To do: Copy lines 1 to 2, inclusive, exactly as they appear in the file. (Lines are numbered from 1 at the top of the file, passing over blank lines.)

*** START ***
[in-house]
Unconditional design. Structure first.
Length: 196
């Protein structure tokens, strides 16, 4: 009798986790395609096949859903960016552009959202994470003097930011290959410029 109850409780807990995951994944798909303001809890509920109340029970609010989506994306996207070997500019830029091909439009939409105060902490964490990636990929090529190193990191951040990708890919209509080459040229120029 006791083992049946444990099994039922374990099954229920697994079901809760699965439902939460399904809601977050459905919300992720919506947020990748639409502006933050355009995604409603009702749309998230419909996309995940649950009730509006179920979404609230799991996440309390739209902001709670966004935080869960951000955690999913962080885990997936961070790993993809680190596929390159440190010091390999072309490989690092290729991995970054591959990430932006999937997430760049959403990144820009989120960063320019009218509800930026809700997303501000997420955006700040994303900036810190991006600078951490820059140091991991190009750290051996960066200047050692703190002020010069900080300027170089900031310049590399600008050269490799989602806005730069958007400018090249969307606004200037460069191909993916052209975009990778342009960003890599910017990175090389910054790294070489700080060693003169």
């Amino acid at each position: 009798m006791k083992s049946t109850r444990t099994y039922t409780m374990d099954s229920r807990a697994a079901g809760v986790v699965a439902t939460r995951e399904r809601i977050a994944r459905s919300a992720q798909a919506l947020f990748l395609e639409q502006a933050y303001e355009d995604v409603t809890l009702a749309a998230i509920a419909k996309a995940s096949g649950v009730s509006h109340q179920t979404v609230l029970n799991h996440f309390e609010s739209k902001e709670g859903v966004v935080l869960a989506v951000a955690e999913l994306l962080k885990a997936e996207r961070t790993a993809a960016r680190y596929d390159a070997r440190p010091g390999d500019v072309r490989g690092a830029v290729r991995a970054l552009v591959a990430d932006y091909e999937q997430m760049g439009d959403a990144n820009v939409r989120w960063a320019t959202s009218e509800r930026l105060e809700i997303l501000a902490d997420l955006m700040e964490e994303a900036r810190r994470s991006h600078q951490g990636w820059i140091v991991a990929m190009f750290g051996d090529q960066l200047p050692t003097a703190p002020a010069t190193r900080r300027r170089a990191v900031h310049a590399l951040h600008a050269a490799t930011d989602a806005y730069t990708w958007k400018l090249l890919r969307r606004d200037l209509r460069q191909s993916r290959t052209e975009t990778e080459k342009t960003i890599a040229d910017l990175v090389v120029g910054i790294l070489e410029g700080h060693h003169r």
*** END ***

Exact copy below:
[in-house]
Unconditional design. Structure first.